Moscow has banned the import of fruits, nuts, and vegetables from Abkhazia, citing the need to prevent the spread of the brown marmorated stink bug, an agricultural pest, to Russia. They later blamed Georgia for spreading the pest, saying it ‘may be a part of biological sabotage’. Georgia has dismissed the claims.
Russia’s Federal Service for Veterinary and Phytosanitary Surveillance, Rosselkhoznadzor, announced the ban, which will come into effect from 2 April, on Thursday.
Rosselkhoznadzor claimed that ‘in order to prevent the spread of a dangerous object [the stink bug] to the territory of the Russian Federation and to preserve the export potential of the country’, they had decided to introduce ‘temporary restrictions on imports’.
Crops in Abkhazia, and especially its eastern Gali District — populated almost exclusively by ethnic Georgians — have been devastated by the stink bug. Many farmers abandoned harvesting their hazelnut crops entirely last year.
Russia has banned hand-carried imports of fruits and vegetables from Abkhazia since 12 March, according to JAMnews, but the latest announcement means the ban will include packaged goods as well.
Russia ‘to buy’ stink bugs from Abkhazians
Earlier this week, Russia’s Deputy Agriculture Minister Dzhambulat Khatuov said that Russia was ready to pay Abkhazia ₽1,000 ($17) per kilogramme for stink bugs.
According to him, this was necessary to manufacture anti-stink bug pheromone traps, and to ‘study their genetics’. He promised that pheromone traps will be used against stink bugs in Abkhazia, but added that ‘collecting stink bugs manually is by far the most effective measure of combating the pest’.
Russian business daily Vedomosti reported that last year, stink bugs devastated around 70% of Abkhazia’s hazelnut harvest, and more than 50% of the tangerine harvest, resulting in a fall of more than 50% in tangerine exports.
According to Vedomosti, Abkhazian president Raul Khadzhimba has promised to allocate ₽10 million ($174,000) to fight the pest in 2018, with Georgia and the US promising to contribute an additional $3.5 million.
[Read on OC Media: Georgian aid for Abkhazia’s ravaged farmlands has mysteriously disappeared]
In a 30 March interview with Russian state-owned newspaper Rossiyskaya Gazeta, Yuliya Melano from Rosselkhoznadzor speculated that Georgia could be behind the stink bug epidemic, ‘within the framework of biological sabotage’.
‘We do not exclude the possibility that today we are talking about the use of a certain biological weapon’, she said, adding that there are ‘a number of American laboratories functioning in Georgia, and it is unknown what they are doing’.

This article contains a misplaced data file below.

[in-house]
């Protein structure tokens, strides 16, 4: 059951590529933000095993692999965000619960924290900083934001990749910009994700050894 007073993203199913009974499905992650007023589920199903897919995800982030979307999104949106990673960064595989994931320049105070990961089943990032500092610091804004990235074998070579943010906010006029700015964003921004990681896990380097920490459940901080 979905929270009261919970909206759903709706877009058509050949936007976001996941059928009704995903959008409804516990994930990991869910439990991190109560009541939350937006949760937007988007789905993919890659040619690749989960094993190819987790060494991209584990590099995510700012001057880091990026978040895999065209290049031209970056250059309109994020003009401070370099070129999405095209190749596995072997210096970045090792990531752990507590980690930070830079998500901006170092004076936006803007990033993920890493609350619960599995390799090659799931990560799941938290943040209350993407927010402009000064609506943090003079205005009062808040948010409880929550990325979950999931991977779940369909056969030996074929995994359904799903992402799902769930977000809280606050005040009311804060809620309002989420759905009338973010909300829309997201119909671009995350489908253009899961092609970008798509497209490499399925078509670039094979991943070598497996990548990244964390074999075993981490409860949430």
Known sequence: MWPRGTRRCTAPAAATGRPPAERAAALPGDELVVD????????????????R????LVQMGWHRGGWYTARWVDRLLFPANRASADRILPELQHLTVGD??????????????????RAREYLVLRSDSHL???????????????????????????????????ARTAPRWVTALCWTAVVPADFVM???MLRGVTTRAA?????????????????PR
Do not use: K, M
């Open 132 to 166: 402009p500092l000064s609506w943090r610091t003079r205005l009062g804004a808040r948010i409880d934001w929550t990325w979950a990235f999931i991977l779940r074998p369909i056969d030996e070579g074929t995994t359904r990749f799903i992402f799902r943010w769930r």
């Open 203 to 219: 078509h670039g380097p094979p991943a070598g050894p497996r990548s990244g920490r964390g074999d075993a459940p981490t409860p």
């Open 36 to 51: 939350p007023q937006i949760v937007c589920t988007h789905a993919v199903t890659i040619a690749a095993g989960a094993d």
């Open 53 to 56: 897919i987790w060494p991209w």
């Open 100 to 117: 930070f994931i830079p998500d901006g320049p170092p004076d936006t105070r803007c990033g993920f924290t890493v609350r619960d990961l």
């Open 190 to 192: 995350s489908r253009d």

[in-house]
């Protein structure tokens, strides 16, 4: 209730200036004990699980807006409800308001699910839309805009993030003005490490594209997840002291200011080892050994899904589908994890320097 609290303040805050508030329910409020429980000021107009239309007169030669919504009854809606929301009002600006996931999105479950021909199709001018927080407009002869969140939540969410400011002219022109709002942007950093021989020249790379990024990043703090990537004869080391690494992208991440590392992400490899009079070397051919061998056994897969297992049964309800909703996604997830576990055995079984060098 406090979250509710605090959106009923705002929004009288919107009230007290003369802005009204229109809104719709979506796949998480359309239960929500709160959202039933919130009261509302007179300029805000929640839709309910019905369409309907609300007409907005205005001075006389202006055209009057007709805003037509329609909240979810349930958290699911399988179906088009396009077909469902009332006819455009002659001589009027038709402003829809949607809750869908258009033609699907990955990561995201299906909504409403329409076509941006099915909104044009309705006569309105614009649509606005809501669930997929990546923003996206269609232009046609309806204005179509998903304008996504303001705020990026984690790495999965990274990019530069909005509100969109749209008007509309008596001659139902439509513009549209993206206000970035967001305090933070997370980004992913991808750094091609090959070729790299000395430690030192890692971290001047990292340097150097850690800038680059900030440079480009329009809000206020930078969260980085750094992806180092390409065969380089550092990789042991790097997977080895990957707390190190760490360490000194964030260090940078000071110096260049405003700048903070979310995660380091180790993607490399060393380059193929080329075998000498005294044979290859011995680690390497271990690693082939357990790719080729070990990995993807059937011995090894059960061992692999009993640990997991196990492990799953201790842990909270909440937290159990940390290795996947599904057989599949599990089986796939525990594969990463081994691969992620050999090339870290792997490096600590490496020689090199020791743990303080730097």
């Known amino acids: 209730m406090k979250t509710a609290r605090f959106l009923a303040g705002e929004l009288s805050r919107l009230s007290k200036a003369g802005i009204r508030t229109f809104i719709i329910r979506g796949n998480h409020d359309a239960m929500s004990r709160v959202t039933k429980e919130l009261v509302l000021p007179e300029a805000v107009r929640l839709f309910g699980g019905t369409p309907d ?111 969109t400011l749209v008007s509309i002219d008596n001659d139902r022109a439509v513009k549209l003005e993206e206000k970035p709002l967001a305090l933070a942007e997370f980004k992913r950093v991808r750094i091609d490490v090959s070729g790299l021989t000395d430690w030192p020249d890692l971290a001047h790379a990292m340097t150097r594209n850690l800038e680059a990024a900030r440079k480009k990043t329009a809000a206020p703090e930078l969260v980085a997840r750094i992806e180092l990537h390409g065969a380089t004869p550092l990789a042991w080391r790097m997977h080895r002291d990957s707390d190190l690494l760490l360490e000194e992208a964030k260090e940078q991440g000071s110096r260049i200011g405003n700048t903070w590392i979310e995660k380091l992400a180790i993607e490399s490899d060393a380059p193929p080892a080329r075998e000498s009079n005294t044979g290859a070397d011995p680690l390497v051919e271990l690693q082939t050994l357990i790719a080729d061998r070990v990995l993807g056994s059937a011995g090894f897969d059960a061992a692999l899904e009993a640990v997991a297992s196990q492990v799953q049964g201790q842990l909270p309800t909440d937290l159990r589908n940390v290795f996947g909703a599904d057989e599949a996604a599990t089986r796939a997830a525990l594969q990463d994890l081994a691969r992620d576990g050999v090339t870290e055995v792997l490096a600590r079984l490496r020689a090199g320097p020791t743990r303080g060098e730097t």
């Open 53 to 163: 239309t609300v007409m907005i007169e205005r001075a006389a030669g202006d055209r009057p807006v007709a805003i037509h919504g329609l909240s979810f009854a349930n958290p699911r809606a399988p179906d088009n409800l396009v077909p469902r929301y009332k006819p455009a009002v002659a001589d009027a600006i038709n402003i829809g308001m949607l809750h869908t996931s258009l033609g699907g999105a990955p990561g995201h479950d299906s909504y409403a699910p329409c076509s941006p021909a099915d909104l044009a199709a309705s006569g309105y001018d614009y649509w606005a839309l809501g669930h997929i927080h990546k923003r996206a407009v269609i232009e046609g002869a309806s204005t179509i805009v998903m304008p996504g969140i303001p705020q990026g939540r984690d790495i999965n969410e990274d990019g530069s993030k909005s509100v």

Georgia’s National Food Agency told OC Media Rosselkhoznadzor’s statement ‘lacked common sense’, adding that the stink bug is causing problems to several countries, including Switzerland, Italy, Austria, Russia, and others.
‘This is well-known to the specialists who study this issue’, they said. According to the agency, Georgian experts are ready to cooperate on the problem with Russian specialists and others.
A ‘misinformation’ campaign
Fact-checking website Myth Detector, which debunks fake news and myths in Georgia’s media, has written that ‘pro-Kremlin publications’, among others, ‘regularly spread misinformation about the Richard Lugar Microbiological Laboratory’, an American funded lab in Tbilisi.
One recent report by a pro-Russian Georgian news site claimed the lab was conducting ‘dangerous laboratory experiments’ on live human subjects. According to Myth Detector, another news outlet claimed without any proof that ‘biological weapons were produced’ in the Lugar lab.
Russia has repeatedly claimed that the lab conducts US-funded research that is ‘extremely dubious and dangerous for the population’.
The facility opened in 2011 and houses several WHO-accredited labs, researching diseases such as Influenza, Polio, and Measles/Rubella. According to Myth Detector, media reports ‘against research activities carried out at the Lugar laboratory are groundless and represent a part of the Russian narrative’.
Georgia’s stink bug problem
The stink bug has become a severe problem for Georgia’s agricultural sector in recent years. The pest first appeared in Samegrelo and Guria in western Georgia in 2015, where it devastated several crops, particularly hazelnuts, leaving largely hazelnut-dependent locals without incomes. It later spread to broader areas of western Georgia, including Imereti and Adjara, and as far as Tbilisi.
According to Nikoloz Meskhi, head of the Department of Plant Protection at the National Food Agency, each insect can consume more than 300 plants in its lifetime, can fly over long distances, and multiplies very quickly, laying up to 250 egg.
The agency has repeatedly advised against the use of chemicals to fight the bug in houses, instead calling on the public to kill the bugs manually.
For ease of reading, we choose not to use qualifiers such as ‘de facto’, ‘unrecognised’, or ‘partially recognised’ when discussing institutions or political positions within Abkhazia, Nagorno-Karabakh, and South Ossetia. This does not imply a position on their status.